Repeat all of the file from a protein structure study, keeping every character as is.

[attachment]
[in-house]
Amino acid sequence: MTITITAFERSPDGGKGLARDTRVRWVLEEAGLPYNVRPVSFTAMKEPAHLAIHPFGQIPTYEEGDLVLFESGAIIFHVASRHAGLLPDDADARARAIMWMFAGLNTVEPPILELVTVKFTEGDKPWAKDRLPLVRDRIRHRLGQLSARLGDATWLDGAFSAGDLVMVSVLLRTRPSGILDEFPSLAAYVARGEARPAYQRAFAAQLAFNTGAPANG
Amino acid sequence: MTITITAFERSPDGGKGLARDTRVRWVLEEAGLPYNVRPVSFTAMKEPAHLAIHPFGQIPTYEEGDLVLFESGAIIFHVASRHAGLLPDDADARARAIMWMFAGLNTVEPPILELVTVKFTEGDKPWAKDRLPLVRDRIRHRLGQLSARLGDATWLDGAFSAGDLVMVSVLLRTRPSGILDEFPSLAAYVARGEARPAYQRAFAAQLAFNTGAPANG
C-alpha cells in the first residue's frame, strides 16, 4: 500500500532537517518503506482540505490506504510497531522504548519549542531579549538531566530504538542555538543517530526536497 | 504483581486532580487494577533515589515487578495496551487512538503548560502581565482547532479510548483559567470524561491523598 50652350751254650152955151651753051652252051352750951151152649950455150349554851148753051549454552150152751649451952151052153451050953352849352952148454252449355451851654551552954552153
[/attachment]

[in-house]
Amino acid sequence: MTITITAFERSPDGGKGLARDTRVRWVLEEAGLPYNVRPVSFTAMKEPAHLAIHPFGQIPTYEEGDLVLFESGAIIFHVASRHAGLLPDDADARARAIMWMFAGLNTVEPPILELVTVKFTEGDKPWAKDRLPLVRDRIRHRLGQLSARLGDATWLDGAFSAGDLVMVSVLLRTRPSGILDEFPSLAAYVARGEARPAYQRAFAAQLAFNTGAPANG
Amino acid sequence: MTITITAFERSPDGGKGLARDTRVRWVLEEAGLPYNVRPVSFTAMKEPAHLAIHPFGQIPTYEEGDLVLFESGAIIFHVASRHAGLLPDDADARARAIMWMFAGLNTVEPPILELVTVKFTEGDKPWAKDRLPLVRDRIRHRLGQLSARLGDATWLDGAFSAGDLVMVSVLLRTRPSGILDEFPSLAAYVARGEARPAYQRAFAAQLAFNTGAPANG
C-alpha cells in the first residue's frame, strides 16, 4: 500500500532537517518503506482540505490506504510497531522504548519549542531579549538531566530504538542555538543517530526536497 | 504483581486532580487494577533515589515487578495496551487512538503548560502581565482547532479510548483559567470524561491523598 50652350751254650152955151651753051652252051352750951151152649950455150349554851148753051549454552150152751649451952151052153451050953352849352952148454252449355451851654551552954552153